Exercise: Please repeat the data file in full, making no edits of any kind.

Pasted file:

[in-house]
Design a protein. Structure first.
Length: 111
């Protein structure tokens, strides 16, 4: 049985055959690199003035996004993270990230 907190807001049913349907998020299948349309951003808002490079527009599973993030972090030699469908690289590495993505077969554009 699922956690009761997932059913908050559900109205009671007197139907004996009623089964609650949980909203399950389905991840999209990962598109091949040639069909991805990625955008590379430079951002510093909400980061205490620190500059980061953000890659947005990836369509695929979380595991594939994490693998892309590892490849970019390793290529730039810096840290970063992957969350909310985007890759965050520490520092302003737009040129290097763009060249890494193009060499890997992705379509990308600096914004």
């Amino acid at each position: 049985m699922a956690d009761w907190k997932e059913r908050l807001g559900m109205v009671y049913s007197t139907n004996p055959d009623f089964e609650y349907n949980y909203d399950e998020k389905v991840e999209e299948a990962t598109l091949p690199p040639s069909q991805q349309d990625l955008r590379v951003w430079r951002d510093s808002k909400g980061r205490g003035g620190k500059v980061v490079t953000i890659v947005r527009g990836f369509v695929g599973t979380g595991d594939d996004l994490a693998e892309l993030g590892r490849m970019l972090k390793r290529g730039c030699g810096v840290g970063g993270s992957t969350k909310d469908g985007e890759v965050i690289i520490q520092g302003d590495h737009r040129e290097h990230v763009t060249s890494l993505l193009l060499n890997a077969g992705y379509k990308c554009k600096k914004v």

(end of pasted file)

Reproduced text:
[in-house]
Design a protein. Structure first.
Length: 111
């Protein structure tokens, strides 16, 4: 049985055959690199003035996004993270990230 907190807001049913349907998020299948349309951003808002490079527009599973993030972090030699469908690289590495993505077969554009 699922956690009761997932059913908050559900109205009671007197139907004996009623089964609650949980909203399950389905991840999209990962598109091949040639069909991805990625955008590379430079951002510093909400980061205490620190500059980061953000890659947005990836369509695929979380595991594939994490693998892309590892490849970019390793290529730039810096840290970063992957969350909310985007890759965050520490520092302003737009040129290097763009060249890494193009060499890997992705379509990308600096914004």
């Amino acid at each position: 049985m699922a956690d009761w907190k997932e059913r908050l807001g559900m109205v009671y049913s007197t139907n004996p055959d009623f089964e609650y349907n949980y909203d399950e998020k389905v991840e999209e299948a990962t598109l091949p690199p040639s069909q991805q349309d990625l955008r590379v951003w430079r951002d510093s808002k909400g980061r205490g003035g620190k500059v980061v490079t953000i890659v947005r527009g990836f369509v695929g599973t979380g595991d594939d996004l994490a693998e892309l993030g590892r490849m970019l972090k390793r290529g730039c030699g810096v840290g970063g993270s992957t969350k909310d469908g985007e890759v965050i690289i520490q520092g302003d590495h737009r040129e290097h990230v763009t060249s890494l993505l193009l060499n890997a077969g992705y379509k990308c554009k600096k914004v």